Prince Charles will most likely never murder his mother, Queen Elizabeth II. But royal fans posed the hypothetical question online.

On the online forum site Quora, royal fans discussed what would happen if the heir to the throne kills the monarch. Mark Bellis, a citizen of the United Kingdom, said that scenario is unlikely but if it will happen, Prince Charles will most likely not be the one to pull the trigger on the Queen.

“It would be done in a non-attributable, inferred way so that Prince Charles would have a solid defense. In some cases of murder, a person has hired a hitman… Both are tried, one for conspiracy to murder and the other for both conspiracy and the act… In the royal case, it would never be a direct instruction so that conspiracy could not be pinned on the prince… The prince would also be far away at the time the act was committed,” he said.

Jake Williams said that if Prince Charles murders the Queen, the monarchy would come to an end.

“If Charles was to be a murderer, and we lost the Queen all in one swoop then I don’t see survival. William would probably be crowned and stay King, but out of the eye of the media until most people forget about the whole thing… He’d probably live out his life in Cambridge,” he said.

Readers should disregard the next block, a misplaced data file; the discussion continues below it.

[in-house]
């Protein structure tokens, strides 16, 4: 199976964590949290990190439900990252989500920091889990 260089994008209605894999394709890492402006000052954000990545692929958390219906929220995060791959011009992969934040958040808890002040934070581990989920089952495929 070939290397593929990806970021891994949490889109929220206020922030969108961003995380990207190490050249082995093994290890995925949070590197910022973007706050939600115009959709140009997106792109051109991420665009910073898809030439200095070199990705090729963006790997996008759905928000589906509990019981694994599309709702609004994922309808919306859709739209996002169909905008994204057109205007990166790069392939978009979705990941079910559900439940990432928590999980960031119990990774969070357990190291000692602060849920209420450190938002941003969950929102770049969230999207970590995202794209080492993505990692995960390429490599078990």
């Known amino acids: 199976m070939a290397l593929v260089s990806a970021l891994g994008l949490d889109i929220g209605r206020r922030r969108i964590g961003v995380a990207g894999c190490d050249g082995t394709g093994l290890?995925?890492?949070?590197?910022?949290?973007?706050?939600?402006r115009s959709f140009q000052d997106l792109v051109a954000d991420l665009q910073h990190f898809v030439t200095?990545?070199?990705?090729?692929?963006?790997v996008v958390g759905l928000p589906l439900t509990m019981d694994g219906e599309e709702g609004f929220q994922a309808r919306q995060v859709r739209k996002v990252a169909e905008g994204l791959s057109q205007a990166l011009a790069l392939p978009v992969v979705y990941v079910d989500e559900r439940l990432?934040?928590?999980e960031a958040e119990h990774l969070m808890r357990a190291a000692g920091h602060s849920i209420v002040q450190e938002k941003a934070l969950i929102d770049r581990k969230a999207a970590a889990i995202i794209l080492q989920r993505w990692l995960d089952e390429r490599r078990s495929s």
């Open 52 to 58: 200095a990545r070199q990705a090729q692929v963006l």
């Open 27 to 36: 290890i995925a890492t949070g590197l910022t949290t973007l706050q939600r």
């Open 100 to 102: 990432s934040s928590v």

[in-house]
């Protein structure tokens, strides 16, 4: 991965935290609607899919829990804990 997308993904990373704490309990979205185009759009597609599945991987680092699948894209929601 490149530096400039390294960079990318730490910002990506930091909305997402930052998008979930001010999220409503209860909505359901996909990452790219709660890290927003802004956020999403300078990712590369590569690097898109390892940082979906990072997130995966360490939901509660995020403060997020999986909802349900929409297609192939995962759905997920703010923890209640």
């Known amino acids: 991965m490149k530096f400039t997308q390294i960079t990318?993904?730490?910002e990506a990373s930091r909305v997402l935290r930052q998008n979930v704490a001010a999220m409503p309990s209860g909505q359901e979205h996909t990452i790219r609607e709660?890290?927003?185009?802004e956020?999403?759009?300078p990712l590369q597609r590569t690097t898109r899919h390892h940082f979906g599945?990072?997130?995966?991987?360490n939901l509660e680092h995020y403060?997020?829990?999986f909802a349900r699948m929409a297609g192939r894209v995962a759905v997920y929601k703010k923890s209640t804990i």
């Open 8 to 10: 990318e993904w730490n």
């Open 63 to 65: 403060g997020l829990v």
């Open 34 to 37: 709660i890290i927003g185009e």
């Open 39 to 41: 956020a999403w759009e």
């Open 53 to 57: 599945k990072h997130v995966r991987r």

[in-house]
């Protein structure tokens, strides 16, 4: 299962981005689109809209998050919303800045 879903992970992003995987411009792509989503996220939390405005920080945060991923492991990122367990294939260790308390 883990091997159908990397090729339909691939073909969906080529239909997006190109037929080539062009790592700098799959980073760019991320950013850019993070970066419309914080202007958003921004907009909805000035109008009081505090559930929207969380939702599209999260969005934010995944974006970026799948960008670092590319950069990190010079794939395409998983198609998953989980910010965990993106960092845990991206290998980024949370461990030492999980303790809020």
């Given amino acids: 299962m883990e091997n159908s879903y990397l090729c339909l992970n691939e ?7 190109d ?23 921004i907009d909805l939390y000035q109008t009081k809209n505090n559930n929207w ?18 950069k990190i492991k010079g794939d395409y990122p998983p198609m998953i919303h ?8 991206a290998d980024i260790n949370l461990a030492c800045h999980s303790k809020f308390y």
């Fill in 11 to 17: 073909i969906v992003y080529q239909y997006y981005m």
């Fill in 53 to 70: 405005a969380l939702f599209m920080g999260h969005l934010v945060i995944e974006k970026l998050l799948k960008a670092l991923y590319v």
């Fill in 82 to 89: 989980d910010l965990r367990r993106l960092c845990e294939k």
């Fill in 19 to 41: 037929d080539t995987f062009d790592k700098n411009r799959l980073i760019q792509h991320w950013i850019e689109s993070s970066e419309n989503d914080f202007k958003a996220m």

The royal fan also said that he thinks Prince George is destined to be the last King of the United Kingdom.

Eileen Wood, a real estate assistant, said that it would an interesting legal conundrum if Prince Charles murders Her Majesty. If Prince Charles is already the monarch when he commits the murder, he wouldn’t be able to be charged with the crime. Otherwise, he would definitely be held accountable for the incident.

Matt Lever, a resident of the United Kingdom, made light of the situation by saying that it was probably Prince Charles that wrote the question on Quora because he can’t help but think why his mother is still alive at the age of 93.

Prince Charles and Queen Elizabeth II
Queen Elizabeth II and Prince Charles pose with officers during an official visit to the Household Cavalry Mounted Regiment at Hyde Park Barracks on October 24, 2017 in London. Getty Images/Chris Jackson